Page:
Kettle Falls Five case could impact Wash. marijuana industry
April 23, 2014 | Kris Hermes
Ian Cull, KXLY News Spokane
A federal case that could seriously impact Washington's new marijuana industry will be decided in Spokane as five people face decades in prison for growing medical pot on a remote property near Colville.
The defendants claim they were abiding by state law and only growing for themselves. However, the case is in federal court and under its laws marijuana is completely illegal.
Many pot advocates worry if federal agents are going after medical marijuana patients, that the state licensed grows and pot shops could be next.
"We were growing a few pot plants up there just for our own consumption and along comes the law," defendant Larry Harvey said.
The medical marijuana grow of 74 plants was raided in August of 2012 at Harvey's home. Larry, his wife and three others face five marijuana related charges and a weapons charge. They are now called the 'Kettle Falls Five.'
If all of them were growing cannabis individually, the 74 plants would be considered legal in Washington.
"So much so that the state declined to prosecute, the state declined to seize all of the marijuana," said Tony Serra, a high profile attorney from San Francisco working for the defendants.
Since law enforcement claims the five were growing the plants together, only 45 plants are allowed, which is why federal agents confiscated 29 plants, but left 45. They also seized several pounds of marijuana and pot-infused food.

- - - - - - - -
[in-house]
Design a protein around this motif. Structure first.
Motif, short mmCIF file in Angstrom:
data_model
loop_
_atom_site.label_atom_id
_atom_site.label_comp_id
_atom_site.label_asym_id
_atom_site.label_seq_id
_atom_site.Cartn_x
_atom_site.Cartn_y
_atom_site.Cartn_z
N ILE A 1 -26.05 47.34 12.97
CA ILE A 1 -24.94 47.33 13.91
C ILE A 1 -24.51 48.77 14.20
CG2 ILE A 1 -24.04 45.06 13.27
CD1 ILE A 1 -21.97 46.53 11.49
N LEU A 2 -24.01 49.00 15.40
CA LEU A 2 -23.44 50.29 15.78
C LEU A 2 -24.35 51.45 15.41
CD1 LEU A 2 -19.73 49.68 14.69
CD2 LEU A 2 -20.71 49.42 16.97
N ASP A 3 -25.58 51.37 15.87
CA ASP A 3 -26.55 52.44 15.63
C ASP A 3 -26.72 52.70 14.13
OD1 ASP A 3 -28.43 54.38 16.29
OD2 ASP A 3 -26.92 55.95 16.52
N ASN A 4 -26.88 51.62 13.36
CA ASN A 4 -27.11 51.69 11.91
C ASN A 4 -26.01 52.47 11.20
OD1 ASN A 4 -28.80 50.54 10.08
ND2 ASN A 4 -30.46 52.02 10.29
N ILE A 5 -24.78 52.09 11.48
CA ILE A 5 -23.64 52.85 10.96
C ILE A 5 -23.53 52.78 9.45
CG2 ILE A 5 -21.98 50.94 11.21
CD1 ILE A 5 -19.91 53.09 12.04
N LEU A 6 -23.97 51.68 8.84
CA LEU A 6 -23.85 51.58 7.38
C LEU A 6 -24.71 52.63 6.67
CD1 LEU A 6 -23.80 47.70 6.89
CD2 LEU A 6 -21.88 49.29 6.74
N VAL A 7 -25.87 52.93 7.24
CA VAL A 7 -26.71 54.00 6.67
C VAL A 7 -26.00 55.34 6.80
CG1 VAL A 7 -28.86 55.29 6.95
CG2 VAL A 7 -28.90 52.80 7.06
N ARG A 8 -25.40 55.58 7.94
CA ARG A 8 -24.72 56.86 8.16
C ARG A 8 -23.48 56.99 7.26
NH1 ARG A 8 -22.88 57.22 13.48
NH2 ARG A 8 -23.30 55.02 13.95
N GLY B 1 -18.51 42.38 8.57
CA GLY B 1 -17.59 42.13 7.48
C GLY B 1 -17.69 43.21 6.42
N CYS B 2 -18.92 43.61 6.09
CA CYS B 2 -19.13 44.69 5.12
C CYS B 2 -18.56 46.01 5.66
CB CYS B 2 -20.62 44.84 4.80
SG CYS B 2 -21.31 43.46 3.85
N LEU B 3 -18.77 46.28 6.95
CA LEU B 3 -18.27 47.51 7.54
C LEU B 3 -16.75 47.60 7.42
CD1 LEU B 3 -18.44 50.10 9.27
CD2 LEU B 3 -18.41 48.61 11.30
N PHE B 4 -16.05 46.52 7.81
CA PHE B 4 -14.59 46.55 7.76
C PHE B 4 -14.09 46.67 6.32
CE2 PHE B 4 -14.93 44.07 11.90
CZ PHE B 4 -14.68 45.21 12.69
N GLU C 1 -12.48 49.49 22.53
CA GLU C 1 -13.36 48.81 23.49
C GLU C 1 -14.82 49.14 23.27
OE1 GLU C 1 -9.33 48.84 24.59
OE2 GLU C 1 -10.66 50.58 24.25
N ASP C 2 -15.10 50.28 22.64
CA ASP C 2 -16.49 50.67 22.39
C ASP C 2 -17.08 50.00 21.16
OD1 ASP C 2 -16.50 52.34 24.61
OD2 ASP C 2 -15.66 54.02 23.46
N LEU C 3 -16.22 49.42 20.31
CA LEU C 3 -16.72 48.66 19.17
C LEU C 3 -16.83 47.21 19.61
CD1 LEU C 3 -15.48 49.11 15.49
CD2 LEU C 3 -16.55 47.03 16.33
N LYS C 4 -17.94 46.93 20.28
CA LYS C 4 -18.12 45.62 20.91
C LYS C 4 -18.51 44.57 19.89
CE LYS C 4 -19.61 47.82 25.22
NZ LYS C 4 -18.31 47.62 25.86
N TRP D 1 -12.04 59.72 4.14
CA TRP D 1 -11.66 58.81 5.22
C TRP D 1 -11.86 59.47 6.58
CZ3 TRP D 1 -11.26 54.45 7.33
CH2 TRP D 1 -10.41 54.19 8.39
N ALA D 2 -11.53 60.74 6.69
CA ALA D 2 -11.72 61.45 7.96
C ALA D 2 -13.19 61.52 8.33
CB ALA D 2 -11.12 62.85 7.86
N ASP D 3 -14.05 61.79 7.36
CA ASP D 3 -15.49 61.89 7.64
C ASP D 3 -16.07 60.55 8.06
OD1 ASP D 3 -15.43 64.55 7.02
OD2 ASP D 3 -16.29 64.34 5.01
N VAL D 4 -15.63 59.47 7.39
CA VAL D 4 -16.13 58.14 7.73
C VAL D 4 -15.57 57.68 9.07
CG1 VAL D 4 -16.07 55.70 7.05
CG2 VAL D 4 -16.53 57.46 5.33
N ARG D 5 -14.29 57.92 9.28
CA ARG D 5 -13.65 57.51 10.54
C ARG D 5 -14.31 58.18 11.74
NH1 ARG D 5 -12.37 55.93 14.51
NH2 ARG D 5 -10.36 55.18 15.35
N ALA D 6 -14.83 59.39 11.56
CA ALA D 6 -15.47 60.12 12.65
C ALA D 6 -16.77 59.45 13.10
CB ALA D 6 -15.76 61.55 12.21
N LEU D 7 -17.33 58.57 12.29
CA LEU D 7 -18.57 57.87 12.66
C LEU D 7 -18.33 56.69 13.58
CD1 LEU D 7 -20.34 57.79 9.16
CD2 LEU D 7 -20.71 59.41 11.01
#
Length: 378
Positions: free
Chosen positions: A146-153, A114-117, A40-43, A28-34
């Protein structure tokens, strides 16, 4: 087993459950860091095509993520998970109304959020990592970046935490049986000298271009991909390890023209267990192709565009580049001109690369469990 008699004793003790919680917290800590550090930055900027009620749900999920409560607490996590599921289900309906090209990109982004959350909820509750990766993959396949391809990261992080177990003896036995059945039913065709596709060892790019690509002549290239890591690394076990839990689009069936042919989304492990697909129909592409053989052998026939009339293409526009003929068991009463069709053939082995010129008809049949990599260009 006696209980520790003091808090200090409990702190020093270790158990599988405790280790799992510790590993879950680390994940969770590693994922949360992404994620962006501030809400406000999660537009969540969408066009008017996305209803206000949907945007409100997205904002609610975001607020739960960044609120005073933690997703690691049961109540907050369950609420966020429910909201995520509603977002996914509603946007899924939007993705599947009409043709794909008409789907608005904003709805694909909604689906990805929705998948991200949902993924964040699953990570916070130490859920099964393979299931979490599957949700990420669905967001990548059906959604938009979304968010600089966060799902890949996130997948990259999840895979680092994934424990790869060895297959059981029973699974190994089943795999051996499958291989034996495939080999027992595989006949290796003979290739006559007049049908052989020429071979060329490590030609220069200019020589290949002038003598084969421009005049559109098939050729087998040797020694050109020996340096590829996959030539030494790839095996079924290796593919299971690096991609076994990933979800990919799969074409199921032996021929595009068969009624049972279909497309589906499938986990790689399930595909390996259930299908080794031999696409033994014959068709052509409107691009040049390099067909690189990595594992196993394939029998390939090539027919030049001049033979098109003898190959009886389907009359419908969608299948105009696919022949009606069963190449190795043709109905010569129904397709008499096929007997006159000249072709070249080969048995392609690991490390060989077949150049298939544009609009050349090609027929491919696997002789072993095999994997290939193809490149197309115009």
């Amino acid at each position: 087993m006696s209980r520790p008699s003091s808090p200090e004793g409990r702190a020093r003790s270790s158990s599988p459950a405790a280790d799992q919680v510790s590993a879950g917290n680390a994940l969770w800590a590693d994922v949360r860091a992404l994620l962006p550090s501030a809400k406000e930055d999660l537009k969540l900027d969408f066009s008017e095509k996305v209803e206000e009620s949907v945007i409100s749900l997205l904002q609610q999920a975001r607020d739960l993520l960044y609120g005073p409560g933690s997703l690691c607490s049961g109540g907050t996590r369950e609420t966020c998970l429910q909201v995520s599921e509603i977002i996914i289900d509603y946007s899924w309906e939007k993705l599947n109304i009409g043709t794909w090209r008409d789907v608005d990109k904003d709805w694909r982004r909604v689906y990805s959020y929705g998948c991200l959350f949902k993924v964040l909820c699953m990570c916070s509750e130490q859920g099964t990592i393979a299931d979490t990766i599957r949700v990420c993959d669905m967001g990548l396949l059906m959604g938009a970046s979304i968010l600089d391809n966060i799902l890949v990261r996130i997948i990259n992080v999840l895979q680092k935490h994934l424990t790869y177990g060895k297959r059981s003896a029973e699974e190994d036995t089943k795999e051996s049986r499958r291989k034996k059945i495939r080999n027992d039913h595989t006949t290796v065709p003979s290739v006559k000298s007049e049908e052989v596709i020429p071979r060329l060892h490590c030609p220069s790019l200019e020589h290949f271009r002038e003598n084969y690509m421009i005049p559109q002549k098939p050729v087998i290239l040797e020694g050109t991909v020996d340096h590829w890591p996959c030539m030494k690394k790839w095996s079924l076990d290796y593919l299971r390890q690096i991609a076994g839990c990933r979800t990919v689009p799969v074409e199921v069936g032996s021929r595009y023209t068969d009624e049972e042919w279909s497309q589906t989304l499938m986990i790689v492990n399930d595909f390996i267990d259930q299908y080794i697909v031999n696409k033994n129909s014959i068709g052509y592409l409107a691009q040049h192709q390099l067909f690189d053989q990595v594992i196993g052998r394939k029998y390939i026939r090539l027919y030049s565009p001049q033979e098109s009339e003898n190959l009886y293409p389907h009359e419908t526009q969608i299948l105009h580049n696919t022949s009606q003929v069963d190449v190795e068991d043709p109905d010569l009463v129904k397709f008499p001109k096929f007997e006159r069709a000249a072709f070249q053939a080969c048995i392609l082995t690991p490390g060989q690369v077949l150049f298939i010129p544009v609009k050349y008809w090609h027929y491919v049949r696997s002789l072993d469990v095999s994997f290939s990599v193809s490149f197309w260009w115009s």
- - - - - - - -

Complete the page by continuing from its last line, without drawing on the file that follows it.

National marijuana advocates question why prosecutors are moving forward with this case, while senior White House officials were quoted this week saying President Obama may pardon 'hundreds or thousands' of non-violent drug offenders.
"How, at the same time can they be planning to release people who've already been prosecuted and convicted and move forward with more prosecutions at the exact same people that they're trying to release?" said Kari Boiter from Americans for Safe Access.
Four of the defendants face up to 40 years in prison, while one faces life in prison if convicted.
Marijuana activists worry if the state chose not to prosecute these people, but the federal government did, what's to stop them from going after licensed grows and retail shops. Right now, more than a dozen people are licensed to grow recreational marijuana in Washington.
Even though the Department of Justice sent out a memo to U.S. Attorneys asking them to focus on drug traffickers and people who put pot into children's hands, the Assistant U.S. Attorney said in court Wednesday those are just guidelines they're not mandatory.